given that no 6 HFO is something resembling tar and needs a high degree of heat to move it anywhere - what is yours stored / moved at? - your condensed water might actually be coming from the fuel itself and then just condensing on the slightly cooler walls or roof of the tank if you're storing it at 50C+.

You give us so little detail it is impossible to be any more specific.

More details = better answers

My motto: Learn something new every day

Also: There's usually a good reason why everyone does it that way

RE: water in Heavy fuel oil #6

I am calm.

RE: water in Heavy fuel oil #6

I know that - it just seemed to be getting a bit off track....

My motto: Learn something new every day

Also: There's usually a good reason why everyone does it that way

RE: water in Heavy fuel oil #6


RE: water in Heavy fuel oil #6

look for "Karl Fisher" for determening WIO - but it wont capture any water that has separated out as a seperate phase. Dont trust this site for this kind of info, talk to an instrument supplier or your lab.

RE: water in Heavy fuel oil #6

What instrument does this, "Reduce the amount of condensed water in the bunker"?

evlav llab ro etag

RE: water in Heavy fuel oil #6

He asks for two thing: analysis and ways to remove. BTW I think ASTM 4006 "Standard Test Method for Water in Crude Oil by Distillation" actually provides guidance on how to do this and that a "Dean Stark apparatus" http://en.petrotech.ru/en/equipment/E/1/127/ should do just that )although im nor very familiar with this type of analysis as im more accustomed to Karl Fisher=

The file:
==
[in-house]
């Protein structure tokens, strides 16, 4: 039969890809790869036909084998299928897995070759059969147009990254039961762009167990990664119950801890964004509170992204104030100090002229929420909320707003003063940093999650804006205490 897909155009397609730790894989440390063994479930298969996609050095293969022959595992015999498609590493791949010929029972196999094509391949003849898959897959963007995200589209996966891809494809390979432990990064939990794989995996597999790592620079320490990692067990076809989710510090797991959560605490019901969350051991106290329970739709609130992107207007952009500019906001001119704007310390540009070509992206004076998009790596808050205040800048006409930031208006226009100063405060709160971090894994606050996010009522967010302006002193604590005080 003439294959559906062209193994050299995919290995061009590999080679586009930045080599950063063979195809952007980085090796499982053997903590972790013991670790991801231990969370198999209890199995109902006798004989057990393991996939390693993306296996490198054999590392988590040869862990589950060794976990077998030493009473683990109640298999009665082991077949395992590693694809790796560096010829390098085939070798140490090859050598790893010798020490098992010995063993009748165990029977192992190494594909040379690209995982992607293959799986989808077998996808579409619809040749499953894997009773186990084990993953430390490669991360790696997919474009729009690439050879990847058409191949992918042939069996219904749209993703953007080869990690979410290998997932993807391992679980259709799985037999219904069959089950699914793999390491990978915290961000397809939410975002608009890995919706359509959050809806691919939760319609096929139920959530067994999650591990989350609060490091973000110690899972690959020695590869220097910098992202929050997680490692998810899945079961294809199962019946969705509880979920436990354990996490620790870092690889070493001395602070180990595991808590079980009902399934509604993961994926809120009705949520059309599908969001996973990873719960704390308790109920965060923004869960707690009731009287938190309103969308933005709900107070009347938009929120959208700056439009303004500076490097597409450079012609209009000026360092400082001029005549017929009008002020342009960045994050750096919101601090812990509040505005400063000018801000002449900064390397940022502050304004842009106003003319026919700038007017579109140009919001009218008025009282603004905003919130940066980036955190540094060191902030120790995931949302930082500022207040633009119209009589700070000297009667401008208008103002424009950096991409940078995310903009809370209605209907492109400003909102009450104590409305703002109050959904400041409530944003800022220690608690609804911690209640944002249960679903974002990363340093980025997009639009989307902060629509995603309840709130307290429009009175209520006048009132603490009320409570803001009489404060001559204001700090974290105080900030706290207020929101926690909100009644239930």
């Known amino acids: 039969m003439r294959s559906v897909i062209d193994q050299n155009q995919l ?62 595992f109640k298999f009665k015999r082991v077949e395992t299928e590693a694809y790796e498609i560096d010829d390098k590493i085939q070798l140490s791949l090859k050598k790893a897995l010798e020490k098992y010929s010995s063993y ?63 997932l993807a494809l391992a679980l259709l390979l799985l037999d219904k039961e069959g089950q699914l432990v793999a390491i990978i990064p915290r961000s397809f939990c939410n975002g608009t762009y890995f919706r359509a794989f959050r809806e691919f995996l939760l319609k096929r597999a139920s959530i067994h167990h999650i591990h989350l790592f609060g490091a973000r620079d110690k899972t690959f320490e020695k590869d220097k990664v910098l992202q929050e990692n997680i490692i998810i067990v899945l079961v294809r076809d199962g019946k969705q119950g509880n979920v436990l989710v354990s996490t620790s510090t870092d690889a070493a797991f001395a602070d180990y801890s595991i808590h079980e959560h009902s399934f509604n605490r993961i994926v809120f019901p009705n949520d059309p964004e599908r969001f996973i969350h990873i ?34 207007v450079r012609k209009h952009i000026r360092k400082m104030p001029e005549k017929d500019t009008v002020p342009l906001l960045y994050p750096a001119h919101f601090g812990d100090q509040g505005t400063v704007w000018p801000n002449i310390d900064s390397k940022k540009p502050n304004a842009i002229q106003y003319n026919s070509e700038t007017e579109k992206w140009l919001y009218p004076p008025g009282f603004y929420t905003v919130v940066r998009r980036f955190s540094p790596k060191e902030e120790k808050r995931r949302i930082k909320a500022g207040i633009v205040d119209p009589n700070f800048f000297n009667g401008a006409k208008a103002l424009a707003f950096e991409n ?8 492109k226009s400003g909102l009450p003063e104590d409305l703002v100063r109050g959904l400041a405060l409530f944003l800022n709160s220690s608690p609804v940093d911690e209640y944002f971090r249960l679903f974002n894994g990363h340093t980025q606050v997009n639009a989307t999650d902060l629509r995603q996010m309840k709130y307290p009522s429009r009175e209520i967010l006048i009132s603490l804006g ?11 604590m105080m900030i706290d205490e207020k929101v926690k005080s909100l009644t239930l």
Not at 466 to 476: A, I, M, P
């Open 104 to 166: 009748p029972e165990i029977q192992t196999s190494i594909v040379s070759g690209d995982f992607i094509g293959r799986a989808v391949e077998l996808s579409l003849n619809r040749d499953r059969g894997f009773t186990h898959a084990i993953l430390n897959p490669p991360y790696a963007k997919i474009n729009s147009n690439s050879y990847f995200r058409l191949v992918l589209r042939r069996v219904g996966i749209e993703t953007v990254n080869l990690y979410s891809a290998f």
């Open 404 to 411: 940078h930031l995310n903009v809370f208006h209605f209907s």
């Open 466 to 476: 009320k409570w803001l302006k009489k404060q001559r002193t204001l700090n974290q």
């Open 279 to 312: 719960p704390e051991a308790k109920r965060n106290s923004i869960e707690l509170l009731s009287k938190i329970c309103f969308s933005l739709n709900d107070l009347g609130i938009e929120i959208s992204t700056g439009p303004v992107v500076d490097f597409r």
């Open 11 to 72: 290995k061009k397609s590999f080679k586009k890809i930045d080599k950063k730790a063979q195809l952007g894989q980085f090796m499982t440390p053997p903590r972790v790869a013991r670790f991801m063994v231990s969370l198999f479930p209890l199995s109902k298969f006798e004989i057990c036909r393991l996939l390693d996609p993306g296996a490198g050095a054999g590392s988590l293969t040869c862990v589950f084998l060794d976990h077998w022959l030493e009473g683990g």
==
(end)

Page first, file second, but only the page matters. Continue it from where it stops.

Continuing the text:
RE: water in Heavy fuel oil #6

Fuel oil no 6 is probably very viscous. You may need to heat it up a bit to make it flow easily and allow any one of these to work

Here are some suggestions

Step 1

Pass the fuel oil through a fuel filter coalescer-that should remove most of the free water. If the fuel oil has particulate matter in it, you'll need a particulates filter upstream of this fuel filter coalescer. Fuel filter coalescers are readily available off the shelf from many vendors.

Step 2

You could try one of these non regenerable drying agents in a packed bed if you need to go even lower on water content:

a) Activated alumina - BASF Sorbead

b) Anhydrous calcium chloride

OR if you need a regenerable process ( which is going to involve a lot more equipment and capital ) -

Use mono ethylene glycol in an countercurrrent LLE process with a packed bed

If you have a source of dry gas, try countercurrent gas stripping in a packed bed - we can increase the water vapor holding capacity of the dry gas by heating it up - obviously stay below HFO flash point

Hope this helps

RE: water in Heavy fuel oil #6

There is an error in my previous advice

" a) Activated alumina - BASF Sorbead"

Should be corrected to

"Activated alumina OR BASF Sorbead"

For lab scale samples, you've got a centrifuge.